Shrubs for Oklahoma Gardens

By John Smelser

Buxus sempervirens 'Vardar Valley'
Broadleaf evergreen

This is considered to be one of the few reliably evergreen forms of English Boxwood for Oklahoma gardens. Even so, it is recommended that Boxwood be watered thoroughly every 12-14 days during the winter months to insulate roots against temperature fluctuations & winter drought. Be aware that mulching may cause stem rot and is not recommended. Also note: Boxwood in western Oklahoma prefers afternoon summer shade. The leaves are a fairly unique shade of blue-green throughout the year. New growth is light apple-green, giving the plant a distinct two-toned look in spring. Varder Valley Boxwood gets about 2-2.5 feet high….spreads to around 3 feet….and forms a low, somewhat flat-topped mound in the garden.
No image Camellia oleifera
Broadleaf evergreen

Camellia’s used to be unseen in Oklahoma gardens. The introduction of cold-hardy cultivars having Camellia oleifera as one parent has changed all that. These cultivars reach about 5-7 feet in height, with a 5 foot spread. As of this writing, all cold-hardy cultivars bloom in the fall from September to December. They are available with white, pink, or shades-of-pink blooms. For best results, give them good drainage; rich soil with a pH on the acidic side of neutral; supplemental water during periods of stress in summer and winter; & afternoon summer shade.
Ilex cornuta
Chinese holly
Broadleaf evergreen

Chinese [or Horned] Hollies are widely used in Oklahoma gardens. Of the many available hybrids & cultivars, ‘Nellie R. Stevens’ is most highly recommended for our area. Consider it a far superior alternative to Burford Holly, Dwarf Burford Holly and Japanese Holly [Ilex crenata]. ‘Nellie R. Stevens’ is a vigorous & very durable hybrid that stands up to our climate fluctuations very well. It can be managed in the 5-6 foot range with judicious pruning….but can also grow significantly larger. Plants carefully shaped into pyramidal tree forms are especially attractive. Noteworthy features are very dark, glossy green leaves with 3 spines & very large, showy red berries in winter. Having said that, I will also recommend watering every 12-14 days in winter to significantly reduce the possibility of root, stem and foliage damage.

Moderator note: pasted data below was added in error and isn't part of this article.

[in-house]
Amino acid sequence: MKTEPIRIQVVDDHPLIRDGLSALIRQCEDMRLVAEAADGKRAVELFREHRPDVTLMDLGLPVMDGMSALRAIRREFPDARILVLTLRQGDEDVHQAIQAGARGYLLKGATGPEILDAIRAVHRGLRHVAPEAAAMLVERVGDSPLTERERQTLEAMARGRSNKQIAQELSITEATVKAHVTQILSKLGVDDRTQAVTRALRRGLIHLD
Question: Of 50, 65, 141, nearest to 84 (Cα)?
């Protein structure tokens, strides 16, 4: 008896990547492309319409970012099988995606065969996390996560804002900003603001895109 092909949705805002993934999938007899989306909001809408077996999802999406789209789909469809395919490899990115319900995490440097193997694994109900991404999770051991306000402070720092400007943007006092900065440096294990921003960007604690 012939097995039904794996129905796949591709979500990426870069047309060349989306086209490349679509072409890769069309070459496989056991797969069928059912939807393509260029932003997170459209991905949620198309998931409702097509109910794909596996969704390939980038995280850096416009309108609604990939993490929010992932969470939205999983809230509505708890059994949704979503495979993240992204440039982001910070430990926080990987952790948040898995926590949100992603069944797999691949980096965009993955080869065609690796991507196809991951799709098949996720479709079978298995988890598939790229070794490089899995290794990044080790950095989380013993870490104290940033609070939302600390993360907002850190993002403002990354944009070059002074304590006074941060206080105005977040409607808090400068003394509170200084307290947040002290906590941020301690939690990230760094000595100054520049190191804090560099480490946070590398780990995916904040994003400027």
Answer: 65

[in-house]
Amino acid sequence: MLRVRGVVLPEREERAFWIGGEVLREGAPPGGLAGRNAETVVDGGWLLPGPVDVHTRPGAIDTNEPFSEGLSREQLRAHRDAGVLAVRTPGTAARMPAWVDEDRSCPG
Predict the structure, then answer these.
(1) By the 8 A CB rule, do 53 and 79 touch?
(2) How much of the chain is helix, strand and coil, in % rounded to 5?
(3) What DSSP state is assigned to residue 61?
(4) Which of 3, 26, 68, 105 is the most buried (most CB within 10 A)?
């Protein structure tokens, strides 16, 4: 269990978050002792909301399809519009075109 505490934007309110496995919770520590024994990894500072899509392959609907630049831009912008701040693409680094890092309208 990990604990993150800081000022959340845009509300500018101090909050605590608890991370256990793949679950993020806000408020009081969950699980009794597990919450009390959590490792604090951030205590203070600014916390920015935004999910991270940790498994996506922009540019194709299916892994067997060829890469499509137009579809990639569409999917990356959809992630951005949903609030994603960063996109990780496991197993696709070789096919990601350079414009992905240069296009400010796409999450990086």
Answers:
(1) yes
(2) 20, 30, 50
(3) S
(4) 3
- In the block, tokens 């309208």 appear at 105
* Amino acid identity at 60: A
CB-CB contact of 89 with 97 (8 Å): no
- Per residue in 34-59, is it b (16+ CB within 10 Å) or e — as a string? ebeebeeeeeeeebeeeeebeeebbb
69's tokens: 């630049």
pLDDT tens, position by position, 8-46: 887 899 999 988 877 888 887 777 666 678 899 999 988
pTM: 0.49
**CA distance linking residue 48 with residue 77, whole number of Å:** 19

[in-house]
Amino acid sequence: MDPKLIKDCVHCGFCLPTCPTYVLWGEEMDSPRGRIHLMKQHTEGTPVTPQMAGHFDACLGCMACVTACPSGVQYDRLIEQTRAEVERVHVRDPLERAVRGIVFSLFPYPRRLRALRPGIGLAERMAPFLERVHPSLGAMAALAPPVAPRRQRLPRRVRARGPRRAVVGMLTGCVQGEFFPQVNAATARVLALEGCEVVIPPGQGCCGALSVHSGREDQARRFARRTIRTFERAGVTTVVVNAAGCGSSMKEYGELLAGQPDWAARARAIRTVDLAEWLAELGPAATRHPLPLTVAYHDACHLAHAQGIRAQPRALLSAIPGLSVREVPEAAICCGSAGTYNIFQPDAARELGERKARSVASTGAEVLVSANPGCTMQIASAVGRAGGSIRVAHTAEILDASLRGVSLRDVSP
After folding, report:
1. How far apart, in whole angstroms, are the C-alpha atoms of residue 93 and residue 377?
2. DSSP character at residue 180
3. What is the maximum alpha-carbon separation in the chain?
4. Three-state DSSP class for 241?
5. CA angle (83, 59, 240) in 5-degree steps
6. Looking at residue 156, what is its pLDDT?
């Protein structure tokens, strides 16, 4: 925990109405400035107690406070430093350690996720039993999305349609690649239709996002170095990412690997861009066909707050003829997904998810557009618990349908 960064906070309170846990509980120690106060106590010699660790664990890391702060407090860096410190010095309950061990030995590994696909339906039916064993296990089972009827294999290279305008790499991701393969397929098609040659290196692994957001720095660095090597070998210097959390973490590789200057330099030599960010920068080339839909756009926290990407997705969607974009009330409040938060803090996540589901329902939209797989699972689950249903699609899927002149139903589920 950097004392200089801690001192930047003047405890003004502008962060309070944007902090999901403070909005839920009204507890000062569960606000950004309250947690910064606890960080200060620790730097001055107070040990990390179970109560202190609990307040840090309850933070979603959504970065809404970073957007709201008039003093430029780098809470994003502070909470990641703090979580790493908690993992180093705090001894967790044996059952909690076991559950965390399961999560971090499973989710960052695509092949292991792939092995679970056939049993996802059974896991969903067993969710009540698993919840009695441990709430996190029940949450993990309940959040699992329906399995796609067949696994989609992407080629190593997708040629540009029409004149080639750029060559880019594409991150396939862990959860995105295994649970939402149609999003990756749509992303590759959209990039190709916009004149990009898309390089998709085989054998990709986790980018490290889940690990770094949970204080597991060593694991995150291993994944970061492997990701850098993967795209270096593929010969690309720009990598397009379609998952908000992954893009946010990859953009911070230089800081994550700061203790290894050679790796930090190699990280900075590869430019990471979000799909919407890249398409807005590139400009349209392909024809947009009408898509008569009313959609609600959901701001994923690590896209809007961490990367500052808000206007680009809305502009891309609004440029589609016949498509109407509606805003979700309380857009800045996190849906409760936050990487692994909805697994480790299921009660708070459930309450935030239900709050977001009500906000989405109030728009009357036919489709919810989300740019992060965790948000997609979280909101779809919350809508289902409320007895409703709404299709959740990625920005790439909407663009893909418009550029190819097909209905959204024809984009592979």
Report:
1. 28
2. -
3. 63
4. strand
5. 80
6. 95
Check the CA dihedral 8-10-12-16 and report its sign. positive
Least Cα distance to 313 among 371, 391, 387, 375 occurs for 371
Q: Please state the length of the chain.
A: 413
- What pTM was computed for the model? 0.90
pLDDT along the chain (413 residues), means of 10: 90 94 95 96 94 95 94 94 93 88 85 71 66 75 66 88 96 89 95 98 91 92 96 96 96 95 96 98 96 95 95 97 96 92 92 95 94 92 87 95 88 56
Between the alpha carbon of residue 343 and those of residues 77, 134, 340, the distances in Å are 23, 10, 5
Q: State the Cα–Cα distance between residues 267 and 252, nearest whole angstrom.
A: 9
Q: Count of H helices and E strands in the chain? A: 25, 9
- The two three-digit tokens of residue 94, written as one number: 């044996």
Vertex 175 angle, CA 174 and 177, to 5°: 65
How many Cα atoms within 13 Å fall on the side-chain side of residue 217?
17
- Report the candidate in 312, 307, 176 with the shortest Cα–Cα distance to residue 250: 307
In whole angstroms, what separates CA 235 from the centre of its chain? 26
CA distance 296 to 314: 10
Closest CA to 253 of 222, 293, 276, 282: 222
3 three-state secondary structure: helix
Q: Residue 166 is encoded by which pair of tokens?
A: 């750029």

Ilex vomitoria
Broadleaf evergreen

Yaupon [multi-trunk tree form] & Dwarf Yaupon [shrub form] Hollies sometimes seem to be a mandated staple in both our commercial and home gardens. Native to our state, it has proven to be a very hardy broadleaf evergreen. This is a beautiful plant when allowed to mature to natural form. Unfortunately, they are all too often whacked & slaughtered into balls and, even worse, boxes. Ironically, the dwarf cultivar develops a dense rounded form with no pruning whatsoever. The multi-trunk tree form naturally assumes a beautifully relaxed & windswept shape….and rewards gardeners with a good display of small, bright red berries in fall into winter.
Ilex x attenuata 'Fosteri'
foster holly
Broadleaf evergreen

This is the best of the American Hollies [Ilex opaca hybrids & cultivars] for gardens in our area. Specimens can reach 20 feet in height, are pyramidal in form, and have a base diameter of approximately 6 feet. The leaves are long & narrow, dark & glossy, with several spines along the margin. Fruit is smaller than that of many Ilex opaca….but they more than compensate for size by being very bright red and very attractive. It is very tolerant of a wide range of growing conditions. Winter watering every 12-14 days is recommended.
Ilex x meserveae BLUE PRINCESS
blue holly
Broadleaf evergreen

This very attractive Holly is noteworthy for it’s foliage color; which is described by different authors as blue, blue-green and blue-purple. However described; they provide a good alternative to the shiny greens of most Hollies. This cultivar is also valuable for Oklahoma gardeners because it is more winter hardy than many other holly hybrids and cultivars. If you want berries please remember to plant one male [Ilex x meserveae ‘Blue Prince’] in with the females.
Aesculus parviflora
bottlebrush buckeye
Deciduous shrub

This wonderful shrub is highly recommended for your garden; IF you are willing to follow the planting & maintenance rules needed to give you successful results. This Buckeye requires moist organic soils that also drain well. It needs to be protected from drying southwest summer winds. It requires shade on summer afternoons; planting under a large shade tree is ideal. It should be watered thoroughly during periods of summer heat & drought. This is not a “plant it and forget it” shrub. Give it what it needs, however, and you will be rewarded with a true garden “aristocrat.” The early summer blooms are spectacular. The fall color is a rich, butter yellow. This shrub will probably not exceed 8 x 8 feet in central Oklahoma; and it will accomplish this at a sedate pace.
Berberis thunbergii f. atropurpurea 'Atropurpurea Nana'
Japanese barberry
Deciduous shrub